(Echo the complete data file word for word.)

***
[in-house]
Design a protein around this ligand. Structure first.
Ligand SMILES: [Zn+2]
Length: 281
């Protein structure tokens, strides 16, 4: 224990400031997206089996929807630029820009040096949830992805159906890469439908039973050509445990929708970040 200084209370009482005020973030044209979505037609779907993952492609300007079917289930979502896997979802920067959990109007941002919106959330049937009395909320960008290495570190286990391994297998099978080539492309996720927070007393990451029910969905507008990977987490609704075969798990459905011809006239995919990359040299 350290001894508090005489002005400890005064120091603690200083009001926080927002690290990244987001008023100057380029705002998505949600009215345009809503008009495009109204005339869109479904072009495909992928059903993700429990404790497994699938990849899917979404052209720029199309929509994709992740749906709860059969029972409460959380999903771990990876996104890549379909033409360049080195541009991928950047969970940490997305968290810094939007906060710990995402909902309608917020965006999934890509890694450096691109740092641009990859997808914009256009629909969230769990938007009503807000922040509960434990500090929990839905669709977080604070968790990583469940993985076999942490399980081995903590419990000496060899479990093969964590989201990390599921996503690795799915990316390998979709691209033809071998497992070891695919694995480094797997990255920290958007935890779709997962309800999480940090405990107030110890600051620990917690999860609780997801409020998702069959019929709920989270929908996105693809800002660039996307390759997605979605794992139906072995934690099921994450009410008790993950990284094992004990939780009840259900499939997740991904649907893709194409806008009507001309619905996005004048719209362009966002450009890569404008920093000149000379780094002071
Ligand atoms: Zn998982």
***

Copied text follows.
[in-house]
Design a protein around this ligand. Structure first.
Ligand SMILES: [Zn+2]
Length: 281
């Protein structure tokens, strides 16, 4: 224990400031997206089996929807630029820009040096949830992805159906890469439908039973050509445990929708970040 200084209370009482005020973030044209979505037609779907993952492609300007079917289930979502896997979802920067959990109007941002919106959330049937009395909320960008290495570190286990391994297998099978080539492309996720927070007393990451029910969905507008990977987490609704075969798990459905011809006239995919990359040299 350290001894508090005489002005400890005064120091603690200083009001926080927002690290990244987001008023100057380029705002998505949600009215345009809503008009495009109204005339869109479904072009495909992928059903993700429990404790497994699938990849899917979404052209720029199309929509994709992740749906709860059969029972409460959380999903771990990876996104890549379909033409360049080195541009991928950047969970940490997305968290810094939007906060710990995402909902309608917020965006999934890509890694450096691109740092641009990859997808914009256009629909969230769990938007009503807000922040509960434990500090929990839905669709977080604070968790990583469940993985076999942490399980081995903590419990000496060899479990093969964590989201990390599921996503690795799915990316390998979709691209033809071998497992070891695919694995480094797997990255920290958007935890779709997962309800999480940090405990107030110890600051620990917690999860609780997801409020998702069959019929709920989270929908996105693809800002660039996307390759997605979605794992139906072995934690099921994450009410008790993950990284094992004990939780009840259900499939997740991904649907893709194409806008009507001309619905996005004048719209362009966002450009890569404008920093000149000379780094002071
Ligand atoms: Zn998982």